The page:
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Hay Fever by Christina Hennemann

It came upon me like a thunderstorm, sudden and quick:

I couldn’t walk the streets safely, but I was used to it.

This time, I was swollen and kept swelling all through spring,

my strawberry-eyes mashed and moist, itching with ire.

The nose was the worst: it quickened its sprints

until it lay half-dead, barely able to catch a breath.

From behind my bedroom window I watched the mist

conquer my street: sunflower-yellow, feigning softness,

pollinating cars and bins and toys, then settling down

as a rug subtler than light in every slit, corner and crack.

My doctor said that this is what happens when male trees

are planted without thirsty females to suck up their pollen.

As these hazardous clouds of yellow swirl by, my boiling

tomato head thumps and pounds, thinks of my mum,

who lowered her hot head in the streets, especially crossing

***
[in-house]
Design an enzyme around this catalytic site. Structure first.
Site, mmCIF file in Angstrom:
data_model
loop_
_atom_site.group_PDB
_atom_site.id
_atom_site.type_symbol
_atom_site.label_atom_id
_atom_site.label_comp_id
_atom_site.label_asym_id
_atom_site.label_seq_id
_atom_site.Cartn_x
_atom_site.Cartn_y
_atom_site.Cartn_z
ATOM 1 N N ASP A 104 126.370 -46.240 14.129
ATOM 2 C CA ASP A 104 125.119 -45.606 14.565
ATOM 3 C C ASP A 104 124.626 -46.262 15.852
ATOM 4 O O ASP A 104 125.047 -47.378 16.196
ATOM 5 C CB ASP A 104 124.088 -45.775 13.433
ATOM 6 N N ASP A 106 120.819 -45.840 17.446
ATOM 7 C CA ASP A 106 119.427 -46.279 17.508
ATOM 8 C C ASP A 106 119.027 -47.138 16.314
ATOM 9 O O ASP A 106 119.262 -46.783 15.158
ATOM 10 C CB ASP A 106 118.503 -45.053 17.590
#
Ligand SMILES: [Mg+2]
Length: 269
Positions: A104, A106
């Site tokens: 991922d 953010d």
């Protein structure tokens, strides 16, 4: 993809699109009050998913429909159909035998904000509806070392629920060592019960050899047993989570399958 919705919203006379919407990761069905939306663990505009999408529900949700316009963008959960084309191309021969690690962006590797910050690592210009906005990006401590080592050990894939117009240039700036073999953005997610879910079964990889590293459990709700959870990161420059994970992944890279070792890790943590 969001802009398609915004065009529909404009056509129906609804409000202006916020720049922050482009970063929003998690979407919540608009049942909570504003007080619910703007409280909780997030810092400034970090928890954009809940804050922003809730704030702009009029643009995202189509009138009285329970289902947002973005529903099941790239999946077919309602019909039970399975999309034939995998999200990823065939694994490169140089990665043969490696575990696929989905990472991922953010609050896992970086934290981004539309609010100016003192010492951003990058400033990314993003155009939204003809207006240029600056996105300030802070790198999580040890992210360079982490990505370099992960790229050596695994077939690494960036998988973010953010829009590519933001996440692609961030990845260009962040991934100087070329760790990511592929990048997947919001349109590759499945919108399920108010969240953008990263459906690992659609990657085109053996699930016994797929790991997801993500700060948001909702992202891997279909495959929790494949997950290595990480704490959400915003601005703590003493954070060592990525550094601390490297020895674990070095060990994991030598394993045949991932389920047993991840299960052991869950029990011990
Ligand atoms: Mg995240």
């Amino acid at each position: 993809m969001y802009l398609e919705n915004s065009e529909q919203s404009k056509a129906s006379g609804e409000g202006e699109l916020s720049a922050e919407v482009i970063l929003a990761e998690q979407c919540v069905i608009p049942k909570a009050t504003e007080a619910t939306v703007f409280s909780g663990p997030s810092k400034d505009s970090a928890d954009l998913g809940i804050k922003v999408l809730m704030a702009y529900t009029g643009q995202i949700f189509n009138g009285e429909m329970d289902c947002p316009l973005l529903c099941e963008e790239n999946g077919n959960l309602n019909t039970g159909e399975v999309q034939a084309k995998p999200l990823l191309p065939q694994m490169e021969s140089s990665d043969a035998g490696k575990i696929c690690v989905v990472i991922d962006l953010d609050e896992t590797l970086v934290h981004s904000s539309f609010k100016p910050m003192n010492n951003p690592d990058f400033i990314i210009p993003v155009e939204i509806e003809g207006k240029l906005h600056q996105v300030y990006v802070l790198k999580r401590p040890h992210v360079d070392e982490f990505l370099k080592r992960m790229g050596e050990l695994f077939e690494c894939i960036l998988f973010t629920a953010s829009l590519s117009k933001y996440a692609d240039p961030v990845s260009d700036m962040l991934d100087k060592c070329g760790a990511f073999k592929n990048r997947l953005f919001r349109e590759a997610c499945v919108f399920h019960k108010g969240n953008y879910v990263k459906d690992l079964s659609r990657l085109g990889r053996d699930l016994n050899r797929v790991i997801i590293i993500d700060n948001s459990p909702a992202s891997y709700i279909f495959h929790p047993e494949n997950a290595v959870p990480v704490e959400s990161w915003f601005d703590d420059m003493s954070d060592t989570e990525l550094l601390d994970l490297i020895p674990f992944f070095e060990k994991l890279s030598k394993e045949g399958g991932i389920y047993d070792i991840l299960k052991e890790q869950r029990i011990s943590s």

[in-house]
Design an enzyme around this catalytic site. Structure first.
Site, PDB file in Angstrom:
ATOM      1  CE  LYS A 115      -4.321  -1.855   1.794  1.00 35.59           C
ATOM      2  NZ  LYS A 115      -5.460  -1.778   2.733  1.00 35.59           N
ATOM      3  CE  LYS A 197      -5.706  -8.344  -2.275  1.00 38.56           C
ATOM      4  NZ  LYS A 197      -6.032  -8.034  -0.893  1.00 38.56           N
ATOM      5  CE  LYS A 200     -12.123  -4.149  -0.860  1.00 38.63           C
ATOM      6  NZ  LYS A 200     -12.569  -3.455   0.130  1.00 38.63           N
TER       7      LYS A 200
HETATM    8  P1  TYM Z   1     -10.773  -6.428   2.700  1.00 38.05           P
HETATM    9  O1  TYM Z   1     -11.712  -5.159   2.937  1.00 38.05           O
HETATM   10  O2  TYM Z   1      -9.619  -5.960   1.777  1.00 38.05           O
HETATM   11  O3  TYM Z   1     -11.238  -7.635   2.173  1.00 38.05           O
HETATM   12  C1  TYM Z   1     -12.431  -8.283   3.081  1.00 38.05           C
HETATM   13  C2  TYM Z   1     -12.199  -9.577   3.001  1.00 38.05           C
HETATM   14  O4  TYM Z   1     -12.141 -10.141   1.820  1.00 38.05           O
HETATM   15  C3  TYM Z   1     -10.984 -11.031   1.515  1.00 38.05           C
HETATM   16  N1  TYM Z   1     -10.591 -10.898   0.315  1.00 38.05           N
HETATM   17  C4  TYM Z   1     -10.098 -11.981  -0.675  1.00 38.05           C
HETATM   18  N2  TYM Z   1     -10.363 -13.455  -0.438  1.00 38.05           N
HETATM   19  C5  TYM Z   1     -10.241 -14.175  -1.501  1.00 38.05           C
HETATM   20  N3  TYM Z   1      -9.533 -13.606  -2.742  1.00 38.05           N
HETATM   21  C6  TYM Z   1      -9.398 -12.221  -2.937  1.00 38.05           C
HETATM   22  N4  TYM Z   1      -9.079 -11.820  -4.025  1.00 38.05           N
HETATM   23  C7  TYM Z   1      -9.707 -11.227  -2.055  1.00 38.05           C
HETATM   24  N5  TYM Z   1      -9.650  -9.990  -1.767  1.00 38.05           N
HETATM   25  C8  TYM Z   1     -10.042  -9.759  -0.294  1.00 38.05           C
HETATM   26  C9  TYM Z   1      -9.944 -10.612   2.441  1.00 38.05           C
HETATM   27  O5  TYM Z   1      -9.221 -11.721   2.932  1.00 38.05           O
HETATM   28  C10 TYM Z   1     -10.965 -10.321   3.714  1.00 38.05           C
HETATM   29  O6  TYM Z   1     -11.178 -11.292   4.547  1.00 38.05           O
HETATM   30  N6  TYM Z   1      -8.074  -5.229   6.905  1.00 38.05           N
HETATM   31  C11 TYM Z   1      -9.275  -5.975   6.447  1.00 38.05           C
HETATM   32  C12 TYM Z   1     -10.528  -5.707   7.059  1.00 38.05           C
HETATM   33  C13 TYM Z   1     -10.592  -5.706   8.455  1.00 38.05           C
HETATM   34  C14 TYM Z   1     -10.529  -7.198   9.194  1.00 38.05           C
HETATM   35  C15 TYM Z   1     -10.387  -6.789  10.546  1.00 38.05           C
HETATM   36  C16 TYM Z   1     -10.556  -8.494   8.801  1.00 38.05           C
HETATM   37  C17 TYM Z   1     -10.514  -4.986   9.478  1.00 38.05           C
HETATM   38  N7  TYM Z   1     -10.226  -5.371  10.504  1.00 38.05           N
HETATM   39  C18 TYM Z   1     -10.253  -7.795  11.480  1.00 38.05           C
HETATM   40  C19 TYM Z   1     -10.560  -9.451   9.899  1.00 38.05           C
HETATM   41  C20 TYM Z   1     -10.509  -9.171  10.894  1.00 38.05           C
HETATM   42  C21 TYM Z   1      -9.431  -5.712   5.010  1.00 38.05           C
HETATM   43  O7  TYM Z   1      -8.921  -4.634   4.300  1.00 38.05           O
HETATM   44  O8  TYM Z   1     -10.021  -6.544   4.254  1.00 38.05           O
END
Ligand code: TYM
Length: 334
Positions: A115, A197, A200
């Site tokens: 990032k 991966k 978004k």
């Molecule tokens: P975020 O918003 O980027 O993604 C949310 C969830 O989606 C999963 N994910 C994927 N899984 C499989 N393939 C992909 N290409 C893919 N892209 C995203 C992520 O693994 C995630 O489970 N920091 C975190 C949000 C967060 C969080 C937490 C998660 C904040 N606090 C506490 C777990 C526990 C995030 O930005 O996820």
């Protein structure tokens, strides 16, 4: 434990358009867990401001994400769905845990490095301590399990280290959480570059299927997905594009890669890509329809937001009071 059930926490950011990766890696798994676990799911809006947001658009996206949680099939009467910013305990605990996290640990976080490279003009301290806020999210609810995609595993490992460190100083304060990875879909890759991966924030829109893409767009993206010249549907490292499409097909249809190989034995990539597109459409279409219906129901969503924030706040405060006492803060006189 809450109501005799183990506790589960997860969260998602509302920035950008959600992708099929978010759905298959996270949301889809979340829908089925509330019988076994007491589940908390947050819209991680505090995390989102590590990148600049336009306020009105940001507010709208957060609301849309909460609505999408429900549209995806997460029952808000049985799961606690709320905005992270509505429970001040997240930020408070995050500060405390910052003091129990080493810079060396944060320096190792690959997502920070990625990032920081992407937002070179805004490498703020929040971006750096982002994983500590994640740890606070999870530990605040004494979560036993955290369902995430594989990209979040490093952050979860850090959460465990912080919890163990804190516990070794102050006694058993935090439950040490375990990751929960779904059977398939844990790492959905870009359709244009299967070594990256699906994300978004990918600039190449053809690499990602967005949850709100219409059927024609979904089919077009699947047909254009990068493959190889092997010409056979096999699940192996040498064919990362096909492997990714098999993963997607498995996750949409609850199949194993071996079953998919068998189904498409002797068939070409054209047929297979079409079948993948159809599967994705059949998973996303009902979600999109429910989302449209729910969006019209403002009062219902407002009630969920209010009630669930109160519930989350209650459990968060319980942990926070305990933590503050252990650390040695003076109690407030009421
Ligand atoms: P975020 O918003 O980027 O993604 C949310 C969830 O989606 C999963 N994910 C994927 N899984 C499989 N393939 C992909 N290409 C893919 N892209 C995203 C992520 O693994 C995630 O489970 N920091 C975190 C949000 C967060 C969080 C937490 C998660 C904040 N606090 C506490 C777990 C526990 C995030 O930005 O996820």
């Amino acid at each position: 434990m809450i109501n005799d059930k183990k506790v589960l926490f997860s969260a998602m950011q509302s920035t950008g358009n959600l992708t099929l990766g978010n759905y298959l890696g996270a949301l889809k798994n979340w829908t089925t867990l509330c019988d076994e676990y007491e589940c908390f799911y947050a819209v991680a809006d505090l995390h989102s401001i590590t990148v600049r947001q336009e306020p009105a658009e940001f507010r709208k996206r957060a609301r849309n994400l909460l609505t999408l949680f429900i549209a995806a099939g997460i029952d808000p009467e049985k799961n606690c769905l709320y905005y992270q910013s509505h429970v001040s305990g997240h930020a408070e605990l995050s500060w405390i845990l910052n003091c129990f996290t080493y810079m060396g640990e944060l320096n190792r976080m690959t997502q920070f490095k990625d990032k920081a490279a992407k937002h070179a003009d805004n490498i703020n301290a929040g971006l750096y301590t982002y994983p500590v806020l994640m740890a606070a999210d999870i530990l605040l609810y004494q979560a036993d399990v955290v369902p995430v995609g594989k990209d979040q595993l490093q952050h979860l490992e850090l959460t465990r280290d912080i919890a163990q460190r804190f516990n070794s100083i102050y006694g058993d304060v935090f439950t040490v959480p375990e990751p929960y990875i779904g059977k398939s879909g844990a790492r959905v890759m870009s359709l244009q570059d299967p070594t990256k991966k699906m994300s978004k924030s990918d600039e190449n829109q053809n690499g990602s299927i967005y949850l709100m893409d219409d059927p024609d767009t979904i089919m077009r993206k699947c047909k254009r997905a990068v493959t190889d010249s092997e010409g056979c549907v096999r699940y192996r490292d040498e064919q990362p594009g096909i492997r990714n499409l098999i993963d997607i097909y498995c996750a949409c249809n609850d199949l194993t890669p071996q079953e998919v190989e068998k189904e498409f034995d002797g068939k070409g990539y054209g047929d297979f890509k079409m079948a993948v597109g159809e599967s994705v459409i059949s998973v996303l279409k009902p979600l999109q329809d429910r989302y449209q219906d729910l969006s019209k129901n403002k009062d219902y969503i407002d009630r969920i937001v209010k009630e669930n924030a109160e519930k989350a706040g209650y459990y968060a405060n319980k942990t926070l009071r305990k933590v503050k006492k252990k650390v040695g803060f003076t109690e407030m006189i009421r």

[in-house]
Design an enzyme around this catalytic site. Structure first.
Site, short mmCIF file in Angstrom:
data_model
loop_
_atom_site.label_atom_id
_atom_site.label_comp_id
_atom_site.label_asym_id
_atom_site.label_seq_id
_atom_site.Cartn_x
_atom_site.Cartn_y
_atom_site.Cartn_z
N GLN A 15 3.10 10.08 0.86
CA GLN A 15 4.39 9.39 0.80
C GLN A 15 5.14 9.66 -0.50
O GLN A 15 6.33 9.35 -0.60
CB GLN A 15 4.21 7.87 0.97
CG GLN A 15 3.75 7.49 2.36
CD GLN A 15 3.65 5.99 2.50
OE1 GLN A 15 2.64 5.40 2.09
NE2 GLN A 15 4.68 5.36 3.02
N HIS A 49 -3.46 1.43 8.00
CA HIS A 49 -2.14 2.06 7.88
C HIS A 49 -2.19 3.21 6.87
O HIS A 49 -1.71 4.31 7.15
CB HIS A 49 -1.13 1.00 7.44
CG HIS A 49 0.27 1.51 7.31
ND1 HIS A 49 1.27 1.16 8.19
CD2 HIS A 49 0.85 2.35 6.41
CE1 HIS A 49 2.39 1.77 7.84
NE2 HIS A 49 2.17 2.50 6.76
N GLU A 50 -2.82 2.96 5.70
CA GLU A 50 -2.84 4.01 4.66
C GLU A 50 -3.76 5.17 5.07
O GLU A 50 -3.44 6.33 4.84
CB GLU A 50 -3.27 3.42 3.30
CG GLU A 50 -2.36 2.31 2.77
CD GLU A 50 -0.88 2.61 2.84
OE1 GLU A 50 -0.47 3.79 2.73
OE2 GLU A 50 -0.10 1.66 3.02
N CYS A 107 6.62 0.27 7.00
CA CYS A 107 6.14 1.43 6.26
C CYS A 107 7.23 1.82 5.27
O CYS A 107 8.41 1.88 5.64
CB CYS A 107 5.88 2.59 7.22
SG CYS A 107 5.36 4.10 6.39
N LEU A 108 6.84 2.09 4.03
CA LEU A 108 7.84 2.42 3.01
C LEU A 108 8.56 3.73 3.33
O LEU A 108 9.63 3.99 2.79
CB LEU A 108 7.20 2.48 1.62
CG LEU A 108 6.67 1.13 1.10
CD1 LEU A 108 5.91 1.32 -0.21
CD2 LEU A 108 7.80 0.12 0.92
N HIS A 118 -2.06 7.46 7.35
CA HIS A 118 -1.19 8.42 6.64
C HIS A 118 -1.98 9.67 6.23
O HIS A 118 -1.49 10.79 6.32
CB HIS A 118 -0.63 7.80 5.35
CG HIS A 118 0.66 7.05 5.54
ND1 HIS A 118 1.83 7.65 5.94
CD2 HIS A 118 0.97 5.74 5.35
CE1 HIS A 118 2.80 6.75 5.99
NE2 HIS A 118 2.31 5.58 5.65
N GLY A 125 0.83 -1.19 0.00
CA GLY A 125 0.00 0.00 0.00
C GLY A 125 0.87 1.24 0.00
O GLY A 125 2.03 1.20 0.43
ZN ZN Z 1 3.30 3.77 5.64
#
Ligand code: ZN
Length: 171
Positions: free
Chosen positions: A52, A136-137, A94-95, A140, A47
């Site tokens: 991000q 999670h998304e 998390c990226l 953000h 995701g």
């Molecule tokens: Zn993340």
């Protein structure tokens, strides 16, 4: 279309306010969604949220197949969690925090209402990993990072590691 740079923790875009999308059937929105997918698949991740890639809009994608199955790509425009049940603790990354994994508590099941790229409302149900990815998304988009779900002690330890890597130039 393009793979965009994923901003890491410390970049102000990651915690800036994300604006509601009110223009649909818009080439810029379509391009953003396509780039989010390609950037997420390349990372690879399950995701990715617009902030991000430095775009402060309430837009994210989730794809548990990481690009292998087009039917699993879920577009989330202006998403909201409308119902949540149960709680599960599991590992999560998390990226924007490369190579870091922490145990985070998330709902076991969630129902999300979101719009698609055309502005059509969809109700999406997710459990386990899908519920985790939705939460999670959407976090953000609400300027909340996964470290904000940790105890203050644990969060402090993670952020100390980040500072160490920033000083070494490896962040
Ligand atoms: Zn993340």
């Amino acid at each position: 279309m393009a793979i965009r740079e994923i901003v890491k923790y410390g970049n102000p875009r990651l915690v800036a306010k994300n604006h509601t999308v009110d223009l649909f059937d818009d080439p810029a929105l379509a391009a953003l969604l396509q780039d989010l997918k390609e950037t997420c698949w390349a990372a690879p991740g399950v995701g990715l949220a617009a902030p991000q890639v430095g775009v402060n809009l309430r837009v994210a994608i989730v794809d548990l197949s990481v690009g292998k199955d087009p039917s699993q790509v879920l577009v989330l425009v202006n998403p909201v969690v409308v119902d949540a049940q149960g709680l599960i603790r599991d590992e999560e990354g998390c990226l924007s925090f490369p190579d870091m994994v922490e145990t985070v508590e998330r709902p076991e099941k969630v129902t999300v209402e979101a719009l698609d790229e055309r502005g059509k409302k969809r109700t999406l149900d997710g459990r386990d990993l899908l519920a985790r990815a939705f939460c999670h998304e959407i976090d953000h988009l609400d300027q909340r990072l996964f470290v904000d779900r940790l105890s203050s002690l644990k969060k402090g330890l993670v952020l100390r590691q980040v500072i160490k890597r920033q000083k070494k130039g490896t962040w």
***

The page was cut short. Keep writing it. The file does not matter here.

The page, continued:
a group of men having the craic, she pretended not to see them.

And I remember how her cheeks caught fire in church

when the congregation passed through the aisle,

the priest swinging his censer as if menacing the Holy Spirit

to take shape at any moment. My mother’s doe eyes fell

to the floor then, pretending that she never saw his shadow-

casting cedar in the back garden, her memories never stained

by the wind-swept pollen on her skin.


Christina Hennemann is a recipient of the Irish Arts Council’s Agility Award ’23 and the

winner of the Luain Press Prize. Her work was longlisted in the National Poetry Competition

and appears in Poetry Wales, Skylight 47, The Moth, York Literary Review, Ink Sweat &

Tears, Moria, and elsewhere.


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